long-term goal for the “BP Asset Repurpose Hub” is to become a centralized portal to re-use, re-sell, or recycle BP’s assets. This portal will enable them to increase the circularity of their current assets, consequentially reducing the use of virgin resources and decreasing resource intensity. In addition to reducing costs that could otherwise be reallocated, utilizing a centralized portal aids in reducing emissions, thus facilitating BP’s goal to be net-zero by 2050.

One key deliverable for this project is to develop a functioning prototype portal that enables users at BP to upload assets from select sites for internal repurposing or external sales. The minimum capabilities required of the portal include the ability to
upload an image, description, and current location of the asset. The other deliverable is a process map detailing the steps required to re-purpose an asset beginning with placing an asset in the portal and ending with delivery to the end customer.

Low-risk assets, such as office furniture and conference room equipment are in-scope for this project. Direct materials, such as oil, and operating assets like turbines and heavy machinery, are out of scope. The scope is limited to 1-2 office sites that will serve as pilots for the prototype hub. These sites will be selected by the project sponsor. Also, in-scope is an assessment of the viability of third-party platforms and BP’s internal technology for use as the long-term host of the hub. Internal financial processes associated with the hub are out-of-scope. With the development of the Asset Re-Purpose Hub, BP will now have a tool to assist with their sustainability initiatives and bring specific benefits in areas such as financial, non-financial, and carbon reduction. In addition to these benefits, the portal will be another powerful resource for the entire organization to utilize.

Team Members (L-R): Charles Zhou, Caroline Szabo, Andrew Chen, Shiqi Chen, Oliver DeYoung, Ike Nnanabu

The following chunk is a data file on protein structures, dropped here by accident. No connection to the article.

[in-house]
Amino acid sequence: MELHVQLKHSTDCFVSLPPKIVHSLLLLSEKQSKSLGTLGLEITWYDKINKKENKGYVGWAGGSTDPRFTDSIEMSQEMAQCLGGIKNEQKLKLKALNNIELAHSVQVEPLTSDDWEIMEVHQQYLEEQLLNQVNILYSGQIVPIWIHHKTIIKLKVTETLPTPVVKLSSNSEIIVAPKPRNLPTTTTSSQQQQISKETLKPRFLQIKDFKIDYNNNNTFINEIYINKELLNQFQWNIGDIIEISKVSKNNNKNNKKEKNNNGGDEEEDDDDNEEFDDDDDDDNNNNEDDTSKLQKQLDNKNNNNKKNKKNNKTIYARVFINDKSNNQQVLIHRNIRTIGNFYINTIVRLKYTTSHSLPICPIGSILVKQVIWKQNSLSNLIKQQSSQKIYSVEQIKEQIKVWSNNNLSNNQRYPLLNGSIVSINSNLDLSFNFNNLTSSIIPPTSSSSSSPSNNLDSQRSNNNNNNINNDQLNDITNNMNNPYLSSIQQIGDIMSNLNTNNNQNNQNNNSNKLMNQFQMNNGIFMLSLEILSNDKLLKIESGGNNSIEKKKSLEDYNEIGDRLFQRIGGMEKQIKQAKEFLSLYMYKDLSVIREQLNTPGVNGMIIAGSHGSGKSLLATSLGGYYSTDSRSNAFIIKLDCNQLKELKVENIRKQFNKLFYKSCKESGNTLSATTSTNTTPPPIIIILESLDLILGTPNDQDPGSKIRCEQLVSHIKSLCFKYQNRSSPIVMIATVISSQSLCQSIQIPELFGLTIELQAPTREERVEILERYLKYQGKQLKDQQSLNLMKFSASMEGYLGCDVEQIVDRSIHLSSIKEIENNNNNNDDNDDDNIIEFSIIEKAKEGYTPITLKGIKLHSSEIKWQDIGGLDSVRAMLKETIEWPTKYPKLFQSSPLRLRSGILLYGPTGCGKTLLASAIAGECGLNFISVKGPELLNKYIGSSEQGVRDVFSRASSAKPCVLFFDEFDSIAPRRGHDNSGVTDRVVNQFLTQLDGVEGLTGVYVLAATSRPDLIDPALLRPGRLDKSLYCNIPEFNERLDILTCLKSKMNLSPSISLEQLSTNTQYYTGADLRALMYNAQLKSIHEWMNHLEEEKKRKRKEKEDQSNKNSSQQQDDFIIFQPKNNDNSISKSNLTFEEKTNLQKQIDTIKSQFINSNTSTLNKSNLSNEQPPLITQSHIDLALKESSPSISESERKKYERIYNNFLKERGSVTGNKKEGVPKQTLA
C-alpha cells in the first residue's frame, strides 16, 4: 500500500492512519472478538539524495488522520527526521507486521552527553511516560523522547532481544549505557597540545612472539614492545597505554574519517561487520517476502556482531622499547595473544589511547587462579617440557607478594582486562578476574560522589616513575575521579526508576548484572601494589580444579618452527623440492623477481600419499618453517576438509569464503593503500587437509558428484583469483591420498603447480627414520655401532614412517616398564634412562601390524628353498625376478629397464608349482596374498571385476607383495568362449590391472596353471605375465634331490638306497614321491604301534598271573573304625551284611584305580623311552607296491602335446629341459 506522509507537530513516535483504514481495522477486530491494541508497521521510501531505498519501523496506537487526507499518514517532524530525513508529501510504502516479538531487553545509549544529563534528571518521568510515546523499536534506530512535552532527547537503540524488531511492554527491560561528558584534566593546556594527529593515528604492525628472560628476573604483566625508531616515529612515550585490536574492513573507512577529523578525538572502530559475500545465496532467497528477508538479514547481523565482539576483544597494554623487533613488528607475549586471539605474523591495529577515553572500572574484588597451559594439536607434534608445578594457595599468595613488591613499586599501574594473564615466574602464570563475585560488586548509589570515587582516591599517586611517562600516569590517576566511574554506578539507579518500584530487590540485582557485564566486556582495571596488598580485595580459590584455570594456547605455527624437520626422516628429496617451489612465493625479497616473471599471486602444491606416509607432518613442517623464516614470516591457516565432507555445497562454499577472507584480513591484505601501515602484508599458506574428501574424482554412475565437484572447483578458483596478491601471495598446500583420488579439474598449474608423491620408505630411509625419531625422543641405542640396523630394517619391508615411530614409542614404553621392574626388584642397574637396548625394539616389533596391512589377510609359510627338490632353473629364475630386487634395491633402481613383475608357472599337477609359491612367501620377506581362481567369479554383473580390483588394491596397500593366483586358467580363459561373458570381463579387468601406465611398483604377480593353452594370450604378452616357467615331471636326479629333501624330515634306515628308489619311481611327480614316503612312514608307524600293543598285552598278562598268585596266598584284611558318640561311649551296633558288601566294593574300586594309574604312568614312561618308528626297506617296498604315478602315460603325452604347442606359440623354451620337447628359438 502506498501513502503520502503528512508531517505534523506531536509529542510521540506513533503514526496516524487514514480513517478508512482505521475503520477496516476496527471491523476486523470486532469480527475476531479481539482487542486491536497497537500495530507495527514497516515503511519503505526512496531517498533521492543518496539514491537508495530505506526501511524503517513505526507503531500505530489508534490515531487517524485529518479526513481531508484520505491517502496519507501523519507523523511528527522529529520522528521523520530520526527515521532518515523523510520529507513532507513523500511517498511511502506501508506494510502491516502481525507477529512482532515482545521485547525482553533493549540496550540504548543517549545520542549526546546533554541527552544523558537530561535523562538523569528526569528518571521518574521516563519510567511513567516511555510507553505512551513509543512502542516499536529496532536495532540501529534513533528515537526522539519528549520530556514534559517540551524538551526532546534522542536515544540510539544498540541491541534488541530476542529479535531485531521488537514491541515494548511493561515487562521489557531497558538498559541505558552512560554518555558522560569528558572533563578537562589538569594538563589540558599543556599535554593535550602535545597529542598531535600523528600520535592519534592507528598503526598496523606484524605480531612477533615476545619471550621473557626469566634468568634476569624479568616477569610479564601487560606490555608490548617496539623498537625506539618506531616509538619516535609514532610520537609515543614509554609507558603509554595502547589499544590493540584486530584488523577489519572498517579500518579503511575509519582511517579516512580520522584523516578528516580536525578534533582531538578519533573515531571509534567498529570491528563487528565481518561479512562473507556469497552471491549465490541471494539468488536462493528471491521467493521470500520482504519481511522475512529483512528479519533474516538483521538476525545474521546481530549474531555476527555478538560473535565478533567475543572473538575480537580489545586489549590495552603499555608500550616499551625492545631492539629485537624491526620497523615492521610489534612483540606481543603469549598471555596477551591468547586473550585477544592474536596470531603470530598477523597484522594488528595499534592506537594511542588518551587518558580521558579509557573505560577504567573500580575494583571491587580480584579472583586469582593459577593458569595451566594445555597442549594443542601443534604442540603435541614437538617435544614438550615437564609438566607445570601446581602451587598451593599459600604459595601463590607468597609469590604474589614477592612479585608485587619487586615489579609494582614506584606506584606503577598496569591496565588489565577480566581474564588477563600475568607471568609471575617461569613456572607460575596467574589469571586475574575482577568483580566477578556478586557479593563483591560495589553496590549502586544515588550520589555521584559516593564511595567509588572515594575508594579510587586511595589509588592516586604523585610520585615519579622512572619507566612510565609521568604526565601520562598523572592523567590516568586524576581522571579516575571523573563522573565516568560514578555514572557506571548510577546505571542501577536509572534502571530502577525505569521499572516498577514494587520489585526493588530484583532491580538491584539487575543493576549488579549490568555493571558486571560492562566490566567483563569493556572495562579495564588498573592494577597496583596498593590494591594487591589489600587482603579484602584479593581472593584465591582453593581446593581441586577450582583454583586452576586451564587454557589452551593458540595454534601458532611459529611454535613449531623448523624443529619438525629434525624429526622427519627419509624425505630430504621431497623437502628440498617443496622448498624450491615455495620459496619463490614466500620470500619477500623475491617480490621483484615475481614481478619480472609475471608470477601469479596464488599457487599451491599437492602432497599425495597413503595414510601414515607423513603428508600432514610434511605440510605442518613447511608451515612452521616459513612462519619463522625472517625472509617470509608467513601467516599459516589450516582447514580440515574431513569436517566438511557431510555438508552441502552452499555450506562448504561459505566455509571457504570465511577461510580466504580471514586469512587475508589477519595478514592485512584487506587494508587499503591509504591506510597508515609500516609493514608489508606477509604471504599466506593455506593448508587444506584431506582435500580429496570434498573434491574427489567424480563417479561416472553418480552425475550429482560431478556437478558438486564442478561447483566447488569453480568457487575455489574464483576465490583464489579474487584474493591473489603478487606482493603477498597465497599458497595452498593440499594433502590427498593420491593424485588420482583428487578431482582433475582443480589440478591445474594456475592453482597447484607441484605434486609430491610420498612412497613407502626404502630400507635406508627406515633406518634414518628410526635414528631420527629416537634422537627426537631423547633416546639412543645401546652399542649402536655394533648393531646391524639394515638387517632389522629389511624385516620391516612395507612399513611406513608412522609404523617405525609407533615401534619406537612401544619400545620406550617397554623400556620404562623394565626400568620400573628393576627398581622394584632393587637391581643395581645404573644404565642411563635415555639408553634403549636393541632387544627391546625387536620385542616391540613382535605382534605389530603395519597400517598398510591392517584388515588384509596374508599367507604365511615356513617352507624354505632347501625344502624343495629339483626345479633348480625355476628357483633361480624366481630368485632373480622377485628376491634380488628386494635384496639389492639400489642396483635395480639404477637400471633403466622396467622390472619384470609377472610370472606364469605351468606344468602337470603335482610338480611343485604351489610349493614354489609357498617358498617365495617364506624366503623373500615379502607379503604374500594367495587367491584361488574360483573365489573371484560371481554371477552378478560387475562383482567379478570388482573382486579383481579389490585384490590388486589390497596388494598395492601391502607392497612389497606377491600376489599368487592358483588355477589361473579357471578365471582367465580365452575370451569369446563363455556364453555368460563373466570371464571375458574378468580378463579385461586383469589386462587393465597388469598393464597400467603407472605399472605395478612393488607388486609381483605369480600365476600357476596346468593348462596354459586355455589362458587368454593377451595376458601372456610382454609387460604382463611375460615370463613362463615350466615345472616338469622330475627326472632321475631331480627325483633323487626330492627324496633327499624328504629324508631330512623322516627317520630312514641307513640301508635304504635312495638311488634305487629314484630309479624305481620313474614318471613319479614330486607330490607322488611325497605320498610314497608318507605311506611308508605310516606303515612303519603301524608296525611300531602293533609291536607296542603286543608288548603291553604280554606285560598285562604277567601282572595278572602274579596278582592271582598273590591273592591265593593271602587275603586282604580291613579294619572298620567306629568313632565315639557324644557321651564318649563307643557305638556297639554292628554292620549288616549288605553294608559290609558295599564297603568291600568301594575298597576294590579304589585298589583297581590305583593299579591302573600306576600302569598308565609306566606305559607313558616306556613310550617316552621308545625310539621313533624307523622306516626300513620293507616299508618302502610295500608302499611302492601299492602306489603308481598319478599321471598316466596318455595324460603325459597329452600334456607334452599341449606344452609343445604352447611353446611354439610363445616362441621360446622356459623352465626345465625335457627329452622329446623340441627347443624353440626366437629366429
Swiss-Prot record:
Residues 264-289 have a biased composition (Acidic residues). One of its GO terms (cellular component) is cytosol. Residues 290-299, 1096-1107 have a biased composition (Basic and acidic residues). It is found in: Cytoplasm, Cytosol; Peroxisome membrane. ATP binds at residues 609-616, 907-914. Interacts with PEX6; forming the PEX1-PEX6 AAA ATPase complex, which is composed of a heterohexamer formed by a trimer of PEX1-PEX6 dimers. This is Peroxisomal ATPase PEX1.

Caterpillar: Integrating Sustainability into a Global Supply Chain & Logistics Operations

Caterpillar is the world’s leading manufacturer of
construction and mining equipment, diesel and gas
engines, diesel-electric locomotives, and industrial gas
turbines. Caterpillar has been working toward building a better
world through innovation and sustainability progress on every
continent.

The focus of the project was to identify and analyze
sustainability efforts and ideas that will allow Caterpillar to
continue to provide service and products to its customers while
at the same time minimizing global impact. Through analyzing
and identifying sustainability risks and opportunities within the
logistics infrastructure at the Lafayette, Indiana plant, the project
gave Caterpillar the tools needed to enable economic growth and protect the planet.

Some initiatives developed by the team to improve Caterpillar’s sustainability included opportunities to drive reductions in BPM, CO2 Emissions, and water consumption. Also, the team analyzed and suggested volunteer opportunities to engage employees of all job types and generations. While investigating the sustainability opportunities already in place, the team ensured that Caterpillar’s sustainability council was focused on the right sustainability efforts. Caterpillar’s company mission statement is “to enable economic growth through infrastructure and energy development, and to provide solutions that support communities and protect the planet.” Throughout the semester, we focused on investigating, analyzing, and comparing sustainability efforts within Caterpillar itself and the surrounding industries to minimize the environmental footprint.

Team Members (L-R): Hunter Lukes, Michael Bress, Urara Kaneko, Joe Shuster, JP Gurgel

Caterpillar: Forecasting Method Proposal

Caterpillar receives forecasting estimates from its customers and uses a coded process with 40 iterations based on each customer to determine what the customer order will be. With this current process, the forecast determined from the customer predictions is often unreliable and inaccurate. As a result of this, Caterpillar experiences shortages or excess in
inventory due to the inaccuracy of the forecast.

Our team will use their analytical skills to help improve this process. Caterpillar provided crucial data for this project which included forecasting projections and actual orders for five customers, each customer containing 100 parts. Caterpillar and our team agreed that they needed to examine samples of five customers in order to be able to analyze and make meaningful assumptions to help improve the process.

We will be working to create a model that will improve the forecast accuracy by changing and implementing weighted averages and combining the data of all customers. The goal is to make the system and formulas more simplified which will create a more efficient system for Caterpillar to improve the forecasts for their customers. Along with this, we will work to reduce the number of iterations used in the forecasting analysis to create a more productive process with less variability between the forecasted data and actual demand.